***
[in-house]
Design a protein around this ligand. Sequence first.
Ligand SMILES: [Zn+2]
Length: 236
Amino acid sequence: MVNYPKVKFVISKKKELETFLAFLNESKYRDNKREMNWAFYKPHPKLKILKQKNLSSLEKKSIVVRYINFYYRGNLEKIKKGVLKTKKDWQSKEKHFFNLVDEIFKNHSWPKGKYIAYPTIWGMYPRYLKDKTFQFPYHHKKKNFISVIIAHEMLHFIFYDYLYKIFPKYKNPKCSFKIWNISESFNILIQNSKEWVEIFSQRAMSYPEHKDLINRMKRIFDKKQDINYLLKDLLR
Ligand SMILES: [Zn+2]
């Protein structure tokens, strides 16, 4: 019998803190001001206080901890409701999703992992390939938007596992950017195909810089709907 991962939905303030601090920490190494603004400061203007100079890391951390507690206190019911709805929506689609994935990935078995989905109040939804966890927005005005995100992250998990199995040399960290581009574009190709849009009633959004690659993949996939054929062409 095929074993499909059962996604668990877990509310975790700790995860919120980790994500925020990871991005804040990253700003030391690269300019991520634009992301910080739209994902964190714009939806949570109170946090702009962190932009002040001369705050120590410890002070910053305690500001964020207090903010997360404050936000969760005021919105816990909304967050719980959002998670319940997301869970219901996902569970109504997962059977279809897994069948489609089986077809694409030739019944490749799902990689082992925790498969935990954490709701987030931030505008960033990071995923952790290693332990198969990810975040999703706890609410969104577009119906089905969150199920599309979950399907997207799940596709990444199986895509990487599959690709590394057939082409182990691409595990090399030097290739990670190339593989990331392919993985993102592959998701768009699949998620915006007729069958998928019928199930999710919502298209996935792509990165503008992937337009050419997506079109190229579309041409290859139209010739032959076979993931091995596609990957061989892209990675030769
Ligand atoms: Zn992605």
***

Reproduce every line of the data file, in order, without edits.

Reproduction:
[in-house]
Design a protein around this ligand. Sequence first.
Ligand SMILES: [Zn+2]
Length: 236
Amino acid sequence: MVNYPKVKFVISKKKELETFLAFLNESKYRDNKREMNWAFYKPHPKLKILKQKNLSSLEKKSIVVRYINFYYRGNLEKIKKGVLKTKKDWQSKEKHFFNLVDEIFKNHSWPKGKYIAYPTIWGMYPRYLKDKTFQFPYHHKKKNFISVIIAHEMLHFIFYDYLYKIFPKYKNPKCSFKIWNISESFNILIQNSKEWVEIFSQRAMSYPEHKDLINRMKRIFDKKQDINYLLKDLLR
Ligand SMILES: [Zn+2]
């Protein structure tokens, strides 16, 4: 019998803190001001206080901890409701999703992992390939938007596992950017195909810089709907 991962939905303030601090920490190494603004400061203007100079890391951390507690206190019911709805929506689609994935990935078995989905109040939804966890927005005005995100992250998990199995040399960290581009574009190709849009009633959004690659993949996939054929062409 095929074993499909059962996604668990877990509310975790700790995860919120980790994500925020990871991005804040990253700003030391690269300019991520634009992301910080739209994902964190714009939806949570109170946090702009962190932009002040001369705050120590410890002070910053305690500001964020207090903010997360404050936000969760005021919105816990909304967050719980959002998670319940997301869970219901996902569970109504997962059977279809897994069948489609089986077809694409030739019944490749799902990689082992925790498969935990954490709701987030931030505008960033990071995923952790290693332990198969990810975040999703706890609410969104577009119906089905969150199920599309979950399907997207799940596709990444199986895509990487599959690709590394057939082409182990691409595990090399030097290739990670190339593989990331392919993985993102592959998701768009699949998620915006007729069958998928019928199930999710919502298209996935792509990165503008992937337009050419997506079109190229579309041409290859139209010739032959076979993931091995596609990957061989892209990675030769
Ligand atoms: Zn992605």